Lot Lonoikaua Kamehameha Carey Lane, great grandfather of HRH Prince Darrick

Lot Lonoikaua Kamehameha Carey Lane, great grandfather of HRH Prince Darrick, was born July 31, 1864 in Waialua and was personally named after King Kamehameha V. "King Kamehameha V, close friends of the Lanes bestowed his name upon the Lane's 5th child, Lot Kamehameha. On young Lots first birthday the King held a traditional Iuau feast with around 2,000 attending the festivities. It is said that the King held the young Lot in his arms and had declared that he was to make him his heir. But the King died before formal adoption had been arranged."​

A Lieutenant in the Royal Guard, he was the last insurgent to be captured by the 'self proclaimed' government forces after the uprising of 1895 in support of the Royal House of Hawai'i. He served with his brothers, John C Lane (later Mayor of Hawai'i and a founding member of the 'Order of Kamehameha') and James Lane.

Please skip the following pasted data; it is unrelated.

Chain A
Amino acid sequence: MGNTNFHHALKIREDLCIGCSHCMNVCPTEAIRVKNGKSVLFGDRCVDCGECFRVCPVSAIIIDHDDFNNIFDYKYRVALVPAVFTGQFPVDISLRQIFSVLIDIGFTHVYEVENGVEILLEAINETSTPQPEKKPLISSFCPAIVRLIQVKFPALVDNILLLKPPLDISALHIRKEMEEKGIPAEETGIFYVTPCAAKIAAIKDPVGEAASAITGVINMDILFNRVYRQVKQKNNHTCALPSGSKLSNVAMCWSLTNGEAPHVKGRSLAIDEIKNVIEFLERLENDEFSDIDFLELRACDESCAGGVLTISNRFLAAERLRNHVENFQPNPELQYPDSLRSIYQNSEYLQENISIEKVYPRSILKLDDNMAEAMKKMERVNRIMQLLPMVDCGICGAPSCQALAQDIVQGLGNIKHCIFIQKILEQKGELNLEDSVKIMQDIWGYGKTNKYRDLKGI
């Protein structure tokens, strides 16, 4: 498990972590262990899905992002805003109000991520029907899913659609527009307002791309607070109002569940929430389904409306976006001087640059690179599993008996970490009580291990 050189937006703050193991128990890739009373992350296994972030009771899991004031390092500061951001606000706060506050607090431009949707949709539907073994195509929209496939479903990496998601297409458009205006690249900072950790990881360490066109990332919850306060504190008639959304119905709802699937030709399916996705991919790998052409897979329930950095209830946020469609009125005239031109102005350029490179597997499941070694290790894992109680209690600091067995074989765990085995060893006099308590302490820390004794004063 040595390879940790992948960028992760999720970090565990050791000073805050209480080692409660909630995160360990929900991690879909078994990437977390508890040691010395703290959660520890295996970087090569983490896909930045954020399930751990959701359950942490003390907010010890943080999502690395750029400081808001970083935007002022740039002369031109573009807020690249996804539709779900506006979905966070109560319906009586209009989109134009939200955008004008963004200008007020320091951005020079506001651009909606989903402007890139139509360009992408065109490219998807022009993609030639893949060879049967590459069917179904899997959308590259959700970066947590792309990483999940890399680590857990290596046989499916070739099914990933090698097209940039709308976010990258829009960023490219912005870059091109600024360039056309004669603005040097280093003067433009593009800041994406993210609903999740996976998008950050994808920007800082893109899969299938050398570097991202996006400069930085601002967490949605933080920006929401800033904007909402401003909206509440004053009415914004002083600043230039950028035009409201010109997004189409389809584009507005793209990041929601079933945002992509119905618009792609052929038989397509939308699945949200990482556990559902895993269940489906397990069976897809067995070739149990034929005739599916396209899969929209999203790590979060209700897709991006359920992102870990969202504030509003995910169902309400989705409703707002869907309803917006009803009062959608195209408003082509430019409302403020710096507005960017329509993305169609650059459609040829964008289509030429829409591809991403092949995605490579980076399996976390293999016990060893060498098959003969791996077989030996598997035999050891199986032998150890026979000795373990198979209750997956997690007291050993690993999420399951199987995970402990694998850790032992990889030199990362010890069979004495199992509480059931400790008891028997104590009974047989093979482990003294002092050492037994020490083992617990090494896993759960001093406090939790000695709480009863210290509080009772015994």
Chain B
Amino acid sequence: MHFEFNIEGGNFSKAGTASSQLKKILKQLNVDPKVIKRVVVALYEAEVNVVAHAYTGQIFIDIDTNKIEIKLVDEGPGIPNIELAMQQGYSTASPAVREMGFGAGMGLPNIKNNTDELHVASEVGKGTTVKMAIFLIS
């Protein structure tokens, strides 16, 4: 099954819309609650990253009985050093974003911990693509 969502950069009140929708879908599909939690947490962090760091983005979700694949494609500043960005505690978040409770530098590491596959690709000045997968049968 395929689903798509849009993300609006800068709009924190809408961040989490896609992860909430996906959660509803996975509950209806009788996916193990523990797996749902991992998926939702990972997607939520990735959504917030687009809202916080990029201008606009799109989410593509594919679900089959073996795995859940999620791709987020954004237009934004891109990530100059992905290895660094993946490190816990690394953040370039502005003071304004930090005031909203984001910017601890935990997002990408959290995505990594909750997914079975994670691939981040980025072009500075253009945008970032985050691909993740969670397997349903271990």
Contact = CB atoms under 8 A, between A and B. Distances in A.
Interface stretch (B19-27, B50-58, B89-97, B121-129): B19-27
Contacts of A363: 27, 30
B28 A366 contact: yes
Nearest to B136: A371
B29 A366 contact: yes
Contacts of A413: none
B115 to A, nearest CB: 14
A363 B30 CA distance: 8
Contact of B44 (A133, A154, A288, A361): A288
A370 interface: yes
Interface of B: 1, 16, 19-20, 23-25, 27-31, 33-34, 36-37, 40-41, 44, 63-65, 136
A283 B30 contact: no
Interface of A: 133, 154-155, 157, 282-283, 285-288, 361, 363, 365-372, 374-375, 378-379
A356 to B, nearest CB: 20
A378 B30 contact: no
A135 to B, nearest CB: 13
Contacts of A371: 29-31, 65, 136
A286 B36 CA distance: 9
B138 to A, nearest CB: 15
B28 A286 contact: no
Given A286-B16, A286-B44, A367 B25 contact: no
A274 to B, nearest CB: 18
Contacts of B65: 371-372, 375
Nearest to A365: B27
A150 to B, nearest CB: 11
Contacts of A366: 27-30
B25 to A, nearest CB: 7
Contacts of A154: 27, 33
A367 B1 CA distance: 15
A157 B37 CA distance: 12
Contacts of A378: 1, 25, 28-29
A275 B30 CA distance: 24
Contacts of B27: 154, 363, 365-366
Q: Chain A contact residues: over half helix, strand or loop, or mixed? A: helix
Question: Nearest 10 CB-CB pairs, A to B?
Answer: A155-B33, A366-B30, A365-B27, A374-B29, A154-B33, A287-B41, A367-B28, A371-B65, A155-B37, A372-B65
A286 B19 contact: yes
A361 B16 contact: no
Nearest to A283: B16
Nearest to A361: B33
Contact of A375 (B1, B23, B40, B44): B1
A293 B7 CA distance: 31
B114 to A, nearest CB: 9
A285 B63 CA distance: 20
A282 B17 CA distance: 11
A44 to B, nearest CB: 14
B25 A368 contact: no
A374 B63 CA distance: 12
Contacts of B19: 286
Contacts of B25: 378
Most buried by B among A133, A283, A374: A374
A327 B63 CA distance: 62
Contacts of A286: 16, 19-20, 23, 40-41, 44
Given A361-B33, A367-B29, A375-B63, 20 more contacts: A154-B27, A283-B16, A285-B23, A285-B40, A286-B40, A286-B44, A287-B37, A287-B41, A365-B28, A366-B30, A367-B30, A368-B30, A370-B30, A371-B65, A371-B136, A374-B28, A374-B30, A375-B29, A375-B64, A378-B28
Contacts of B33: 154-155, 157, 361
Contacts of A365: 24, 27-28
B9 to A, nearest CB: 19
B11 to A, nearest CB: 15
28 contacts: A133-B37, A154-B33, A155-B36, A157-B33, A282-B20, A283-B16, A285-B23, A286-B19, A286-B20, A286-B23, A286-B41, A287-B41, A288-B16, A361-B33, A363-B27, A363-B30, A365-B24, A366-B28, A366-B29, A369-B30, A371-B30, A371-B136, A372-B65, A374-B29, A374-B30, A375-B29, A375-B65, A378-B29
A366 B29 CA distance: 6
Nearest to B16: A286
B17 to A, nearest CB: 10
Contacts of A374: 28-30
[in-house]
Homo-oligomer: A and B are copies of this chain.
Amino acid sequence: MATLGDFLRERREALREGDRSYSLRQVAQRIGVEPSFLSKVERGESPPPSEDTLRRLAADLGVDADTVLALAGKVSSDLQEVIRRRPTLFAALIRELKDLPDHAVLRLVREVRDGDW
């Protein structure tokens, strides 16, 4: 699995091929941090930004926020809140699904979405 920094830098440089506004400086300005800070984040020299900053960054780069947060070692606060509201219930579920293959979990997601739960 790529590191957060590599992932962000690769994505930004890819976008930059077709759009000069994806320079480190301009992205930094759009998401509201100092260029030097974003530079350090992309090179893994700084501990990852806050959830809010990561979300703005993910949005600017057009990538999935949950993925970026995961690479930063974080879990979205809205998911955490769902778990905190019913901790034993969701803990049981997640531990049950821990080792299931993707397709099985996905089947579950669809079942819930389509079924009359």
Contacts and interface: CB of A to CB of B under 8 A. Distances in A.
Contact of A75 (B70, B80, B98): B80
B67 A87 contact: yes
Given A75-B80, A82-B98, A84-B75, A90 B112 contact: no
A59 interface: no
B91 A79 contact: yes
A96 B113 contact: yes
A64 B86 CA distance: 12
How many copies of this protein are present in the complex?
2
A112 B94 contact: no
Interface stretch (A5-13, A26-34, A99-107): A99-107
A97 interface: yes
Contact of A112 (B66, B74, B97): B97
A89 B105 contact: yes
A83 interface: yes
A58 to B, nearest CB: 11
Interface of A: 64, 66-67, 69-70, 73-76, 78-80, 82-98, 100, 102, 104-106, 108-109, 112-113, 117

Brother John Lane "was at her (Queen Lili'uokalani's) side when they usurped control and dethroned her in 1893, and was among those who took part in the counter revolution in 1895 with the hope of restoring her throne and native Hawaiian rule," wrote Kathleen Dickensen Mellen, (quote from an article in the 1954 'Honolulu Advertiser').

All three brothers were unwavering supporters of the monarchy, avowed royalists, placing their lives on the line for the Royal House and their heritage. Their mother was Chiefess Mary Kukeakalani Kaho'oilimoku, Chiefess of Ko'olau.

At times they had Robert Wilcox as their Commander. He was a Commander of the Royal forces yet he was also one who tried to force King Kalakaua to sign a new constitution and then later, upset at not being included in Queen Lili'uokalani's new cabinet formed a new political party in opposition to the Monarchy. He then went on to found a newspaper 'The Liberal' that openly criticized the Royal House. Portrayed by a few as a 'hero' of the monarchical cause, his allegiances seem to change on a regular basis to suit his own personal ambitions. (Numerous accounts in official Hawaiian records of state and the Kingdom of Hawaii)

However despite this changing loyalty from their commander, the Lane brothers and other Hawaiians remained committed to the monarchical cause without thought of personal gain, placing the Royal House first and foremost, just as their descendants do today.

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